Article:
Safeway is California's largest corporate buyer of wind power, which it uses to power its corporate campuses in Pleasanton and Walnut Creek, CA, all of its 269 fuel stations in the country, and all of its supermarkets San Fransisco, CA and Boulder, CO.
Safeway also recently announced that it will be the first retailer to join the California Climate Action Registry, the official registry for global warming emission reduction projects. It has already joined the Chicago Climate Exchange (CCX), the only voluntary, legally binding greenhouse gas reduction registry and trading program in North America. Being a member of the CCX commits Safeway to reducing carbon dioxide emissions from the base year of 2000, by 390,000 tons.
The grocery chain is installing energy-efficient lighting and altering the design of new stores to be more energy efficient, using technology like no-heat freezer-case doors and replacing neon exterior lights with LEDs. The East Bay Times explained why:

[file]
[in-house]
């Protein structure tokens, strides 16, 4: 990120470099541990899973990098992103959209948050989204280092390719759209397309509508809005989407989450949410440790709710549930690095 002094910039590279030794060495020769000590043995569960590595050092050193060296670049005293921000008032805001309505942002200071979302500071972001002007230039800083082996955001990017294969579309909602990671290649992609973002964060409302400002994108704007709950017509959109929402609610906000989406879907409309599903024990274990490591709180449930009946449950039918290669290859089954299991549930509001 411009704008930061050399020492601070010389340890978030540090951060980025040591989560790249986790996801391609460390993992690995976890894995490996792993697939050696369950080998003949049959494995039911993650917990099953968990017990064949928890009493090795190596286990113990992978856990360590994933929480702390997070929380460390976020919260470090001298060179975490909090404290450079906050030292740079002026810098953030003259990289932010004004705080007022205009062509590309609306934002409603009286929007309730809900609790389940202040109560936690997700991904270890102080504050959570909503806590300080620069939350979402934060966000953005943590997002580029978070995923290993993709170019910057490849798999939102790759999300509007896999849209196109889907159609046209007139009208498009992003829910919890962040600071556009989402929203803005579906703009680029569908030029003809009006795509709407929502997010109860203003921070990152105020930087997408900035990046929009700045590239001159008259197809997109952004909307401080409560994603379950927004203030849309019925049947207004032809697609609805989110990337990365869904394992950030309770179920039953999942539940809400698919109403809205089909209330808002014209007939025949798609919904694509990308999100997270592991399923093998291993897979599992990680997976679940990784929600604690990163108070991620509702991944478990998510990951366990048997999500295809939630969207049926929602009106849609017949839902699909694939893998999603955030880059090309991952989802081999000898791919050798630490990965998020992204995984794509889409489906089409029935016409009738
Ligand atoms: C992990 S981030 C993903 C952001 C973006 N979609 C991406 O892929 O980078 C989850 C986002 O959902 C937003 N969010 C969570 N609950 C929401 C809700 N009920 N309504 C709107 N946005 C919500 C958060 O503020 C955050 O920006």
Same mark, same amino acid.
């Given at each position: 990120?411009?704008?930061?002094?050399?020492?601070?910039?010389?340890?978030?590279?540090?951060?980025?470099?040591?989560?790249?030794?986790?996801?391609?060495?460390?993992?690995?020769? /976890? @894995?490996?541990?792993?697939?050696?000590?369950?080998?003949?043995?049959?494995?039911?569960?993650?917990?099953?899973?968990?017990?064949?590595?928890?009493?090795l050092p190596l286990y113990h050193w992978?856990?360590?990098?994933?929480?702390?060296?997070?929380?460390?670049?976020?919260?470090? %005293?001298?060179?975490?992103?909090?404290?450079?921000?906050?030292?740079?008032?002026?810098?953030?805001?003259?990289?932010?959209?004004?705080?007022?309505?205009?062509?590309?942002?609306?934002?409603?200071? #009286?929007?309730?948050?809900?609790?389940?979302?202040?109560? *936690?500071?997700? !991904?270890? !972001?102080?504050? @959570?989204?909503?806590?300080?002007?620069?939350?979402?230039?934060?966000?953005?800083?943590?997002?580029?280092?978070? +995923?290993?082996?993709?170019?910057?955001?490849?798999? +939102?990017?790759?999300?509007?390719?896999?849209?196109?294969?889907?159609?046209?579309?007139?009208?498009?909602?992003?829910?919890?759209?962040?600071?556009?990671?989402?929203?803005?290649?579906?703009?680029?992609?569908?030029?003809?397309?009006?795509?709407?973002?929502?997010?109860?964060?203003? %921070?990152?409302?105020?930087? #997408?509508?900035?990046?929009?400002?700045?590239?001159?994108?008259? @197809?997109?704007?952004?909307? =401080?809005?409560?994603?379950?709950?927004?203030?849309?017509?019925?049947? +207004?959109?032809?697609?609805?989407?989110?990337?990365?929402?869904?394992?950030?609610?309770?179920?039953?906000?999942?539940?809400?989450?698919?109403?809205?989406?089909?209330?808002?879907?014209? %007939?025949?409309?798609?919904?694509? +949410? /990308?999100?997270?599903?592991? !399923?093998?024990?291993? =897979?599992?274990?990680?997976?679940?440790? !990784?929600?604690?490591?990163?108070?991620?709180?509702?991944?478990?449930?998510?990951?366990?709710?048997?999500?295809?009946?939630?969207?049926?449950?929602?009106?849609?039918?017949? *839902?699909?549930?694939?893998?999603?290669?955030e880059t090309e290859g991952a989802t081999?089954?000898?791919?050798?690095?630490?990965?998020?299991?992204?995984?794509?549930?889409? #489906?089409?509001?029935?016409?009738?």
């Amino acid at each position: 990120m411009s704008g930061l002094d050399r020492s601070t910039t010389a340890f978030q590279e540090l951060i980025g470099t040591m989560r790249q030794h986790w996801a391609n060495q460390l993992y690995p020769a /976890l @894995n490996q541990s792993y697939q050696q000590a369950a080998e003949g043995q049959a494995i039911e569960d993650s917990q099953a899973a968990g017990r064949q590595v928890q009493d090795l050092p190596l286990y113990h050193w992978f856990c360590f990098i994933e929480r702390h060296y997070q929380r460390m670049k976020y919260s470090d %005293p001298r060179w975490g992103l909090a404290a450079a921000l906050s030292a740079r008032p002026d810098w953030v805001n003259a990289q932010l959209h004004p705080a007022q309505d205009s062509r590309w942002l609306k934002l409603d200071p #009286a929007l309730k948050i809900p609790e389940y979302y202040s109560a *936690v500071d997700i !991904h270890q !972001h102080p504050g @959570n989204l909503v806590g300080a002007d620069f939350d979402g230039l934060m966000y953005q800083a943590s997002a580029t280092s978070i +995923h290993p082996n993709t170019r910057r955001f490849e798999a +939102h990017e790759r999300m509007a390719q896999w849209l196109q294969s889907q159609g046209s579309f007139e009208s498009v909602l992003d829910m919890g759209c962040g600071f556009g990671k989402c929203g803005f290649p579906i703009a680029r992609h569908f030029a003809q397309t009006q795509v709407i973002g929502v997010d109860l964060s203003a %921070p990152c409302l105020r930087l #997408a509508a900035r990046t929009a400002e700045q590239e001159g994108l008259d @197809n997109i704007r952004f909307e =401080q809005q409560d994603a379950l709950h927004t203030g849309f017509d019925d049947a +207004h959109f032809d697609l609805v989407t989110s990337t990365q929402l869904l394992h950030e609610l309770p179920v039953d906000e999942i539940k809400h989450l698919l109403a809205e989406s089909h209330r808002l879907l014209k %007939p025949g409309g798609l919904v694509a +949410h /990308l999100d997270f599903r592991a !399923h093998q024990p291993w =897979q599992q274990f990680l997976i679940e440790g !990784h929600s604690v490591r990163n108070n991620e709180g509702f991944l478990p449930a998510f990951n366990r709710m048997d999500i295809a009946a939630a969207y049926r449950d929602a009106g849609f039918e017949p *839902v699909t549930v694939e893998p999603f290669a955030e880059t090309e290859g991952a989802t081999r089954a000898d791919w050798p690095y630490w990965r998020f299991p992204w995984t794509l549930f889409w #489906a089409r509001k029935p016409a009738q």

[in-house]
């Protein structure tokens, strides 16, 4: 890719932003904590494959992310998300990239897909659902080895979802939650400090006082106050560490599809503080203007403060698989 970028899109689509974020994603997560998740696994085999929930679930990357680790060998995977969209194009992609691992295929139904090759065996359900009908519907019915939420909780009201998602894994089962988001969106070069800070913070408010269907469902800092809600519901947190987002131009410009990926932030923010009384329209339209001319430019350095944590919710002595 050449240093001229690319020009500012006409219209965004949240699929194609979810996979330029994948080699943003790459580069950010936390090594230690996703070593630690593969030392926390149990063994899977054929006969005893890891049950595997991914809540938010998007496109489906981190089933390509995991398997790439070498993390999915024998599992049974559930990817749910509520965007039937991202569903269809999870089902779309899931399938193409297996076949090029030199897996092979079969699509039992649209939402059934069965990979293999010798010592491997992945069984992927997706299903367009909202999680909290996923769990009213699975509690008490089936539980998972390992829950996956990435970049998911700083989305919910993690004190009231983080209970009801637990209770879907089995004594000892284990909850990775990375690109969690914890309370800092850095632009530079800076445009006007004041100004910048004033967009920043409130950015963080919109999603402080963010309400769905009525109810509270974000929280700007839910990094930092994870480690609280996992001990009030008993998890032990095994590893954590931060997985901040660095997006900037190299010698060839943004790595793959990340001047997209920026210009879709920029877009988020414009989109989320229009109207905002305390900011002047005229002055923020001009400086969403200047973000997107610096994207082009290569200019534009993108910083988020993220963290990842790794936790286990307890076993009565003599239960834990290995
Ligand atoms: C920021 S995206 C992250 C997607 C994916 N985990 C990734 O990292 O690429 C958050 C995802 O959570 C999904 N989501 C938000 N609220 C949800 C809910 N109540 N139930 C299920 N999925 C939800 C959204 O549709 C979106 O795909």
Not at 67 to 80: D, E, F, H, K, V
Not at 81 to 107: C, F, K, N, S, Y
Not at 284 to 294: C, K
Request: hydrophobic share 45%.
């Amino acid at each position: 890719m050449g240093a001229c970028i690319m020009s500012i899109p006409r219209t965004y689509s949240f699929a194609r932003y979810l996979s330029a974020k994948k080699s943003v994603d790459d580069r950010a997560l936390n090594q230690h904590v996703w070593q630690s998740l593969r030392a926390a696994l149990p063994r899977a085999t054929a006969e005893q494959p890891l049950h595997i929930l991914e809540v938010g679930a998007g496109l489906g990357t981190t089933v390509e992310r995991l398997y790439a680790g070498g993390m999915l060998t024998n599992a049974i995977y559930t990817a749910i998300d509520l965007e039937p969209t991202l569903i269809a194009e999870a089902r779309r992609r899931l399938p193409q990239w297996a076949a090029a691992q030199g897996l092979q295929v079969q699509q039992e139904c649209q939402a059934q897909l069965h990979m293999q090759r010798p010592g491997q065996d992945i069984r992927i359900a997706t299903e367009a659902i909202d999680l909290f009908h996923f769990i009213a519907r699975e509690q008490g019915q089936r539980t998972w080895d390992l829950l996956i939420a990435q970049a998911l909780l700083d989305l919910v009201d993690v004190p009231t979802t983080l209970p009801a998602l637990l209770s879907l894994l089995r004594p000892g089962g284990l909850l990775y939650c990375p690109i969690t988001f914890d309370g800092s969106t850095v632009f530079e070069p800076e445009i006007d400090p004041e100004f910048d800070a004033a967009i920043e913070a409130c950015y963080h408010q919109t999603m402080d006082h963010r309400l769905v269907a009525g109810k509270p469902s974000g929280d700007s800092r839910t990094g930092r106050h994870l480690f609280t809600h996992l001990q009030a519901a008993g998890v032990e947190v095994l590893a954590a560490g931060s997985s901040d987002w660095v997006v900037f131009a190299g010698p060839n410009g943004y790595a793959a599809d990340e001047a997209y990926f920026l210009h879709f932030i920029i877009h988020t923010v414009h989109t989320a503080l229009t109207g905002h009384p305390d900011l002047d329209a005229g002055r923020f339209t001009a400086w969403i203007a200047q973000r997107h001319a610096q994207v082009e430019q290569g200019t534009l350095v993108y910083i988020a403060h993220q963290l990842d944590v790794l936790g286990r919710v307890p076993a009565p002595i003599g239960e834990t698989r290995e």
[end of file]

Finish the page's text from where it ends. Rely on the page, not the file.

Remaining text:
"Electricity is the biggest expense in operating a grocery store, and refrigeration is the biggest user of electricity," said Teena Massingill, a Safeway spokeswoman. She added that the more subdued lighting common in the company's new and remodeled "lifestyle" stores reduces energy use and electricity bills, and is more pleasing to customers.The renewable energy purchased by Safeway accounts for about 2% of the company's total energy, or 87 million Kwh, putting it at 21st in the rankings. The top green energy user, Wells Fargo, buys 550 million kWh of renewable energy. One of Safeway's competitors, Whole Foods, is ranked second at 463 million kWh, making it 100% powered by clean, renewable energy.